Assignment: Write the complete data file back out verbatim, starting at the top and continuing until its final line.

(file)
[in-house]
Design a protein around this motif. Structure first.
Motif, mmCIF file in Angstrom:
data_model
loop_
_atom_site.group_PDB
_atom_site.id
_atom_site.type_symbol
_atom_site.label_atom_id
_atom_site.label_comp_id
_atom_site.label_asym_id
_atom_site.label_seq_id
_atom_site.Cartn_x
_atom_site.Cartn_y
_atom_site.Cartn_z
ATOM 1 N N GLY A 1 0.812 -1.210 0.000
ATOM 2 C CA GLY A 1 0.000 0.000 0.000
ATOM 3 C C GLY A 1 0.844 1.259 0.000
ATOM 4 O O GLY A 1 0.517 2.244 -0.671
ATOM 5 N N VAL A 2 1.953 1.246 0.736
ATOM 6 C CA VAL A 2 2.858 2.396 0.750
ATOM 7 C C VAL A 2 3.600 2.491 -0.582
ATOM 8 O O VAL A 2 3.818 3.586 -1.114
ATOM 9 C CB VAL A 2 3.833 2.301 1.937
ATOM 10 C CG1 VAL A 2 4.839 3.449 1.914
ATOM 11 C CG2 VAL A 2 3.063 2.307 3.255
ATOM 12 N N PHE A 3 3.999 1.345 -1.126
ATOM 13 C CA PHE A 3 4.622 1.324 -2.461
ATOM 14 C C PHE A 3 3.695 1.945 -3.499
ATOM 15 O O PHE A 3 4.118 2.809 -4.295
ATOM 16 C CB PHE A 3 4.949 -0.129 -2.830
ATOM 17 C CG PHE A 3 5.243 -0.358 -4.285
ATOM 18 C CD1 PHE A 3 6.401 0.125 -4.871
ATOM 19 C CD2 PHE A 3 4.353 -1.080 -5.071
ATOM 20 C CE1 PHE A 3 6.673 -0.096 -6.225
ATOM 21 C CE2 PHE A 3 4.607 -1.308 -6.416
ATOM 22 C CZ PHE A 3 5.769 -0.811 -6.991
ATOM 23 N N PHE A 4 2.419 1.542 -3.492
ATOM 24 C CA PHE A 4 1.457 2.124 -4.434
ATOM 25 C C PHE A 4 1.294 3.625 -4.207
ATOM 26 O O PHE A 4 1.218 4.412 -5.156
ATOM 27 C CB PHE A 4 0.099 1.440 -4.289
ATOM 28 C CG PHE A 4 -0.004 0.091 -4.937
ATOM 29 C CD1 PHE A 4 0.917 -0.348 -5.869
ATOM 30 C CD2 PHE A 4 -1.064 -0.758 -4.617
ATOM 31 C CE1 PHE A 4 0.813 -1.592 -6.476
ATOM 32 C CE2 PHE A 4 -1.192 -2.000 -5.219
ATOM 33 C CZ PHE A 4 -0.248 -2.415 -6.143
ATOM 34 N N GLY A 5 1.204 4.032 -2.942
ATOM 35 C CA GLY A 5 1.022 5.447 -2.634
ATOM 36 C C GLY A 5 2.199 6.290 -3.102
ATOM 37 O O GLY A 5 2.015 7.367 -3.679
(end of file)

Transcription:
[in-house]
Design a protein around this motif. Structure first.
Motif, mmCIF file in Angstrom:
data_model
loop_
_atom_site.group_PDB
_atom_site.id
_atom_site.type_symbol
_atom_site.label_atom_id
_atom_site.label_comp_id
_atom_site.label_asym_id
_atom_site.label_seq_id
_atom_site.Cartn_x
_atom_site.Cartn_y
_atom_site.Cartn_z
ATOM 1 N N GLY A 1 0.812 -1.210 0.000
ATOM 2 C CA GLY A 1 0.000 0.000 0.000
ATOM 3 C C GLY A 1 0.844 1.259 0.000
ATOM 4 O O GLY A 1 0.517 2.244 -0.671
ATOM 5 N N VAL A 2 1.953 1.246 0.736
ATOM 6 C CA VAL A 2 2.858 2.396 0.750
ATOM 7 C C VAL A 2 3.600 2.491 -0.582
ATOM 8 O O VAL A 2 3.818 3.586 -1.114
ATOM 9 C CB VAL A 2 3.833 2.301 1.937
ATOM 10 C CG1 VAL A 2 4.839 3.449 1.914
ATOM 11 C CG2 VAL A 2 3.063 2.307 3.255
ATOM 12 N N PHE A 3 3.999 1.345 -1.126
ATOM 13 C CA PHE A 3 4.622 1.324 -2.461
ATOM 14 C C PHE A 3 3.695 1.945 -3.499
ATOM 15 O O PHE A 3 4.118 2.809 -4.295
ATOM 16 C CB PHE A 3 4.949 -0.129 -2.830
ATOM 17 C CG PHE A 3 5.243 -0.358 -4.285
ATOM 18 C CD1 PHE A 3 6.401 0.125 -4.871
ATOM 19 C CD2 PHE A 3 4.353 -1.080 -5.071
ATOM 20 C CE1 PHE A 3 6.673 -0.096 -6.225
ATOM 21 C CE2 PHE A 3 4.607 -1.308 -6.416
ATOM 22 C CZ PHE A 3 5.769 -0.811 -6.991
ATOM 23 N N PHE A 4 2.419 1.542 -3.492
ATOM 24 C CA PHE A 4 1.457 2.124 -4.434
ATOM 25 C C PHE A 4 1.294 3.625 -4.207
ATOM 26 O O PHE A 4 1.218 4.412 -5.156
ATOM 27 C CB PHE A 4 0.099 1.440 -4.289
ATOM 28 C CG PHE A 4 -0.004 0.091 -4.937
ATOM 29 C CD1 PHE A 4 0.917 -0.348 -5.869
ATOM 30 C CD2 PHE A 4 -1.064 -0.758 -4.617
ATOM 31 C CE1 PHE A 4 0.813 -1.592 -6.476
ATOM 32 C CE2 PHE A 4 -1.192 -2.000 -5.219
ATOM 33 C CZ PHE A 4 -0.248 -2.415 -6.143
ATOM 34 N N GLY A 5 1.204 4.032 -2.942
ATOM 35 C CA GLY A 5 1.022 5.447 -2.634
ATOM 36 C C GLY A 5 2.199 6.290 -3.102
ATOM 37 O O GLY A 5 2.015 7.367 -3.679